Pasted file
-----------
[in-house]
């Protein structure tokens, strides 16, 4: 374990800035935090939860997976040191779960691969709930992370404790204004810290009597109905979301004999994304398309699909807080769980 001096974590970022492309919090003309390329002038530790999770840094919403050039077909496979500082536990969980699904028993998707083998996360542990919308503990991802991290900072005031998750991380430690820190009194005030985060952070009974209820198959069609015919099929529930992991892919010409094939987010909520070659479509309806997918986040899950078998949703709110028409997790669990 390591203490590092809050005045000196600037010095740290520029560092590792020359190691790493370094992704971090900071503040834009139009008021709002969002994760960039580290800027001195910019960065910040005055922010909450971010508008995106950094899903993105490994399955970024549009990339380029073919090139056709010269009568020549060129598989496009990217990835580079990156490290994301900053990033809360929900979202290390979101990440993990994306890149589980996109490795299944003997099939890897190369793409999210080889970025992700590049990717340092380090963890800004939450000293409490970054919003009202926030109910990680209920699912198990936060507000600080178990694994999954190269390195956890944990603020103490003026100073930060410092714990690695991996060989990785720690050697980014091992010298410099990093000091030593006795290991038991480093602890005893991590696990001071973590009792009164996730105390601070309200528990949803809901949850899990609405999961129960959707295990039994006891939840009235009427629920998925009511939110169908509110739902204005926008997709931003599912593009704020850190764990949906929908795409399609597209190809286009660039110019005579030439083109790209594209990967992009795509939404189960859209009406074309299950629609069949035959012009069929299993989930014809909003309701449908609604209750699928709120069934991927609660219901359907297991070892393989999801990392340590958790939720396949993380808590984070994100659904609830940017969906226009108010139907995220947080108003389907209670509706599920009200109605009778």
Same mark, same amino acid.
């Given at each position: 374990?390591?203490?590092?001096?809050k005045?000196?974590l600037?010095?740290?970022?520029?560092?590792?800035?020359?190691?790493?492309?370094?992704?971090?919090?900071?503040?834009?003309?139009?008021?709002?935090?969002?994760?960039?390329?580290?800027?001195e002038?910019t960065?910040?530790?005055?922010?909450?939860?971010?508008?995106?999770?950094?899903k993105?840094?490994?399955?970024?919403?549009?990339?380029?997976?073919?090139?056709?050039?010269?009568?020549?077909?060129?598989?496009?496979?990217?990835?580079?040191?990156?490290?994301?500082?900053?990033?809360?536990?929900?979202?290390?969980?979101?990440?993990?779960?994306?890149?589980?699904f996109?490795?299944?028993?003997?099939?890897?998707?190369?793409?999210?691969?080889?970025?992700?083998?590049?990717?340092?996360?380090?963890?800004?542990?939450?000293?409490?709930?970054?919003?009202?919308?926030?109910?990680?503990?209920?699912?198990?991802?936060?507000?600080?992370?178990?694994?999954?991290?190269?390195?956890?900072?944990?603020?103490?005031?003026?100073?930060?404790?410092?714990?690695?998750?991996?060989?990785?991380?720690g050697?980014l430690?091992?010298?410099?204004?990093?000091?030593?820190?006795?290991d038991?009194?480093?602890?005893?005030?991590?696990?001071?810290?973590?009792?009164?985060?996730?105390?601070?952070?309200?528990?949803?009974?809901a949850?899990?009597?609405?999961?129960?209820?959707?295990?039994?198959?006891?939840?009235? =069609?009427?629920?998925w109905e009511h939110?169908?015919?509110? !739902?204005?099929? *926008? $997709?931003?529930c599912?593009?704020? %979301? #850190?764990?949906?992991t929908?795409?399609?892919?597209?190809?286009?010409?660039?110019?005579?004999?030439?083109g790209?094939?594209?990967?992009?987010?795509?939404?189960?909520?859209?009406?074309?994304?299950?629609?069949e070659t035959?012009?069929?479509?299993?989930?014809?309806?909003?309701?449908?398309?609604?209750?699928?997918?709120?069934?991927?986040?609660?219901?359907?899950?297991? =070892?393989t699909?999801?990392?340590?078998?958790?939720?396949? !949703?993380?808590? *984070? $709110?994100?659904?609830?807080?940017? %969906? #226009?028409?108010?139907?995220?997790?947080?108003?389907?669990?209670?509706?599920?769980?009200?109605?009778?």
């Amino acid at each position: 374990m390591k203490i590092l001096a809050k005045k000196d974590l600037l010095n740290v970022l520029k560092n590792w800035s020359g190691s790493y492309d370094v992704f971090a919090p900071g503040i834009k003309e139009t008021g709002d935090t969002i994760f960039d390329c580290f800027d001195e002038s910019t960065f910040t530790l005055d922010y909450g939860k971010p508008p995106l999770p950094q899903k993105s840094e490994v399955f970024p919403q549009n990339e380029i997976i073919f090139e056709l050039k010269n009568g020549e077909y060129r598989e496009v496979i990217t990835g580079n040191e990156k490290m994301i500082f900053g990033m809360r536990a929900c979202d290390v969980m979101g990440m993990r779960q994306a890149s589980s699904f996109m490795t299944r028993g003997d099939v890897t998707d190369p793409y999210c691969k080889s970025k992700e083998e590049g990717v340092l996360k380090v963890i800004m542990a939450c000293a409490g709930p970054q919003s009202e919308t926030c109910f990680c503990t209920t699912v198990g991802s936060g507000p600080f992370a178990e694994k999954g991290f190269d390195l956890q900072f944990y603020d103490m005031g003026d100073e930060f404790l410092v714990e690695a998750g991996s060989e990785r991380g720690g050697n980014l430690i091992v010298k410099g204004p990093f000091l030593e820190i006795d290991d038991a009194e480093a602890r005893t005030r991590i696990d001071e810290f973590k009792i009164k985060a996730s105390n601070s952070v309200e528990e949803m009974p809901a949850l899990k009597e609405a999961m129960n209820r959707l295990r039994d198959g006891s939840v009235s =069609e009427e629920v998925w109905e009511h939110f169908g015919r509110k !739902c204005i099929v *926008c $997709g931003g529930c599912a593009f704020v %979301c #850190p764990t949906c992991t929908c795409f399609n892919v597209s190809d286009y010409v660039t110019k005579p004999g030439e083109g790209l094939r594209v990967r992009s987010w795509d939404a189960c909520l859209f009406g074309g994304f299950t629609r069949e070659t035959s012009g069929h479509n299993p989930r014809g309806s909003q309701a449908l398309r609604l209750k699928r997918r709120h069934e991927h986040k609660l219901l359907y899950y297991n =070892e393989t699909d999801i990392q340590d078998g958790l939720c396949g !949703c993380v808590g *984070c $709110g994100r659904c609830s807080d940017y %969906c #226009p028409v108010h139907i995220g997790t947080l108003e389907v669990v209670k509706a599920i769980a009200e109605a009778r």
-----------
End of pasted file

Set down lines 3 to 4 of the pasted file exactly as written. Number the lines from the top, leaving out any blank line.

Same mark, same amino acid.
């Given at each position: 374990?390591?203490?590092?001096?809050k005045?000196?974590l600037?010095?740290?970022?520029?560092?590792?800035?020359?190691?790493?492309?370094?992704?971090?919090?900071?503040?834009?003309?139009?008021?709002?935090?969002?994760?960039?390329?580290?800027?001195e002038?910019t960065?910040?530790?005055?922010?909450?939860?971010?508008?995106?999770?950094?899903k993105?840094?490994?399955?970024?919403?549009?990339?380029?997976?073919?090139?056709?050039?010269?009568?020549?077909?060129?598989?496009?496979?990217?990835?580079?040191?990156?490290?994301?500082?900053?990033?809360?536990?929900?979202?290390?969980?979101?990440?993990?779960?994306?890149?589980?699904f996109?490795?299944?028993?003997?099939?890897?998707?190369?793409?999210?691969?080889?970025?992700?083998?590049?990717?340092?996360?380090?963890?800004?542990?939450?000293?409490?709930?970054?919003?009202?919308?926030?109910?990680?503990?209920?699912?198990?991802?936060?507000?600080?992370?178990?694994?999954?991290?190269?390195?956890?900072?944990?603020?103490?005031?003026?100073?930060?404790?410092?714990?690695?998750?991996?060989?990785?991380?720690g050697?980014l430690?091992?010298?410099?204004?990093?000091?030593?820190?006795?290991d038991?009194?480093?602890?005893?005030?991590?696990?001071?810290?973590?009792?009164?985060?996730?105390?601070?952070?309200?528990?949803?009974?809901a949850?899990?009597?609405?999961?129960?209820?959707?295990?039994?198959?006891?939840?009235? =069609?009427?629920?998925w109905e009511h939110?169908?015919?509110? !739902?204005?099929? *926008? $997709?931003?529930c599912?593009?704020? %979301? #850190?764990?949906?992991t929908?795409?399609?892919?597209?190809?286009?010409?660039?110019?005579?004999?030439?083109g790209?094939?594209?990967?992009?987010?795509?939404?189960?909520?859209?009406?074309?994304?299950?629609?069949e070659t035959?012009?069929?479509?299993?989930?014809?309806?909003?309701?449908?398309?609604?209750?699928?997918?709120?069934?991927?986040?609660?219901?359907?899950?297991? =070892?393989t699909?999801?990392?340590?078998?958790?939720?396949? !949703?993380?808590? *984070? $709110?994100?659904?609830?807080?940017? %969906? #226009?028409?108010?139907?995220?997790?947080?108003?389907?669990?209670?509706?599920?769980?009200?109605?009778?």